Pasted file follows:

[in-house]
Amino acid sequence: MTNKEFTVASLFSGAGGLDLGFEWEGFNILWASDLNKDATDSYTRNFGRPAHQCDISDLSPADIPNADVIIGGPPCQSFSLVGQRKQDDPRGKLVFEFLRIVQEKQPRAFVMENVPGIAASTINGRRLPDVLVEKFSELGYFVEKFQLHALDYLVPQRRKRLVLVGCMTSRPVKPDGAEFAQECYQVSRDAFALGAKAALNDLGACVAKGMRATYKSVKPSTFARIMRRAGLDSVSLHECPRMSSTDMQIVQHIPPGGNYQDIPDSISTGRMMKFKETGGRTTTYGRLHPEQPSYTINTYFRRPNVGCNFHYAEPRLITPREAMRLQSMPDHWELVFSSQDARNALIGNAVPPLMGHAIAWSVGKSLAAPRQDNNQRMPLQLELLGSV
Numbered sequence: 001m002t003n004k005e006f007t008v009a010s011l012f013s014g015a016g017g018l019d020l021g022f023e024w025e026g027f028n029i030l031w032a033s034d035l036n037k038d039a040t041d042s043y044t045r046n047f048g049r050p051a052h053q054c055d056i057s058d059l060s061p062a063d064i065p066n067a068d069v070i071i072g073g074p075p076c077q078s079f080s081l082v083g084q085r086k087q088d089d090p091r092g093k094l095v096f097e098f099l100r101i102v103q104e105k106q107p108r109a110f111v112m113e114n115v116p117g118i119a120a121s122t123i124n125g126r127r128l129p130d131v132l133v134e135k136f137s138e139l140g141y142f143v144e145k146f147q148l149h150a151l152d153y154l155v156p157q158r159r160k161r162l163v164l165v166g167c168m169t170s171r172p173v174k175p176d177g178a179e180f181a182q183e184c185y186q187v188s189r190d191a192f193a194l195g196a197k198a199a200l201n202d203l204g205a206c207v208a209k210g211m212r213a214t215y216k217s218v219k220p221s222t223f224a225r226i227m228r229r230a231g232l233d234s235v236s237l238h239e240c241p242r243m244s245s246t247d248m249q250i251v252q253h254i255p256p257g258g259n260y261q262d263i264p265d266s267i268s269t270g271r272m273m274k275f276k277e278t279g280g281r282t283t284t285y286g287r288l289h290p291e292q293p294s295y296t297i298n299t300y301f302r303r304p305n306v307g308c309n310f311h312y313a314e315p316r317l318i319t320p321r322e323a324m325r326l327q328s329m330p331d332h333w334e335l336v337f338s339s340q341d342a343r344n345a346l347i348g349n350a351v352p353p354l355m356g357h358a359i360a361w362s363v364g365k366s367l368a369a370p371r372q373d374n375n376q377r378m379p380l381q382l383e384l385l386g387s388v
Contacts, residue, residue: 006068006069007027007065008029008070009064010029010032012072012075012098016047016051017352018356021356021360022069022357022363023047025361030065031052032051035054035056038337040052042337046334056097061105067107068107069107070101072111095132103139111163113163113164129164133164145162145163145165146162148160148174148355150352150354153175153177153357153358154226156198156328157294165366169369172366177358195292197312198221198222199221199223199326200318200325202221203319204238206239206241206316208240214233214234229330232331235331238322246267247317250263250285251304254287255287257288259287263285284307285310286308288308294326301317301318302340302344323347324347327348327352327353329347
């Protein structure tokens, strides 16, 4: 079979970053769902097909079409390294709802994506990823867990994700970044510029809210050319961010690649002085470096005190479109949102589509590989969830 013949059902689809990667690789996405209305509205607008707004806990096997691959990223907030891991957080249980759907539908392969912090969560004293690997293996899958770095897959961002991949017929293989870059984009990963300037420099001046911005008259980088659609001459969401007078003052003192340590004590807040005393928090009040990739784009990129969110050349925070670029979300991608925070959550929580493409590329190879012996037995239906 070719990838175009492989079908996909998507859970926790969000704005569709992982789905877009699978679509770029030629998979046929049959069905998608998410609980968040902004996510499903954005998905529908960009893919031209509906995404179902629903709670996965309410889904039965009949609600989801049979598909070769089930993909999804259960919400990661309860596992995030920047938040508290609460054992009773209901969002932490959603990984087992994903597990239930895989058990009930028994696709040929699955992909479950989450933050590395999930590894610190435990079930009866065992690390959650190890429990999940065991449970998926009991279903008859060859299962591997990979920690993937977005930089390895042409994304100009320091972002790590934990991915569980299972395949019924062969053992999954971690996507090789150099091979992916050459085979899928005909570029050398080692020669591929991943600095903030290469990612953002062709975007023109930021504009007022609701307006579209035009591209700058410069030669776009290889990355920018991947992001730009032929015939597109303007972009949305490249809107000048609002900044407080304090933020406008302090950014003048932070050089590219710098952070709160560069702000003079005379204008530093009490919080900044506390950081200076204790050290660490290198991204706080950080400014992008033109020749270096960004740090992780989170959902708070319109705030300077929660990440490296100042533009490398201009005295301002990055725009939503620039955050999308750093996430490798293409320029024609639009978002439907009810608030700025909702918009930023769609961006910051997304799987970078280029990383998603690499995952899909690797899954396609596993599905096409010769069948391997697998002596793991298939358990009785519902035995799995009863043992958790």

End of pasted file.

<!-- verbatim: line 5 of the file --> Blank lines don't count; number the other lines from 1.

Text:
């Protein structure tokens, strides 16, 4: 079979970053769902097909079409390294709802994506990823867990994700970044510029809210050319961010690649002085470096005190479109949102589509590989969830 013949059902689809990667690789996405209305509205607008707004806990096997691959990223907030891991957080249980759907539908392969912090969560004293690997293996899958770095897959961002991949017929293989870059984009990963300037420099001046911005008259980088659609001459969401007078003052003192340590004590807040005393928090009040990739784009990129969110050349925070670029979300991608925070959550929580493409590329190879012996037995239906 070719990838175009492989079908996909998507859970926790969000704005569709992982789905877009699978679509770029030629998979046929049959069905998608998410609980968040902004996510499903954005998905529908960009893919031209509906995404179902629903709670996965309410889904039965009949609600989801049979598909070769089930993909999804259960919400990661309860596992995030920047938040508290609460054992009773209901969002932490959603990984087992994903597990239930895989058990009930028994696709040929699955992909479950989450933050590395999930590894610190435990079930009866065992690390959650190890429990999940065991449970998926009991279903008859060859299962591997990979920690993937977005930089390895042409994304100009320091972002790590934990991915569980299972395949019924062969053992999954971690996507090789150099091979992916050459085979899928005909570029050398080692020669591929991943600095903030290469990612953002062709975007023109930021504009007022609701307006579209035009591209700058410069030669776009290889990355920018991947992001730009032929015939597109303007972009949305490249809107000048609002900044407080304090933020406008302090950014003048932070050089590219710098952070709160560069702000003079005379204008530093009490919080900044506390950081200076204790050290660490290198991204706080950080400014992008033109020749270096960004740090992780989170959902708070319109705030300077929660990440490296100042533009490398201009005295301002990055725009939503620039955050999308750093996430490798293409320029024609639009978002439907009810608030700025909702918009930023769609961006910051997304799987970078280029990383998603690499995952899909690797899954396609596993599905096409010769069948391997697998002596793991298939358990009785519902035995799995009863043992958790």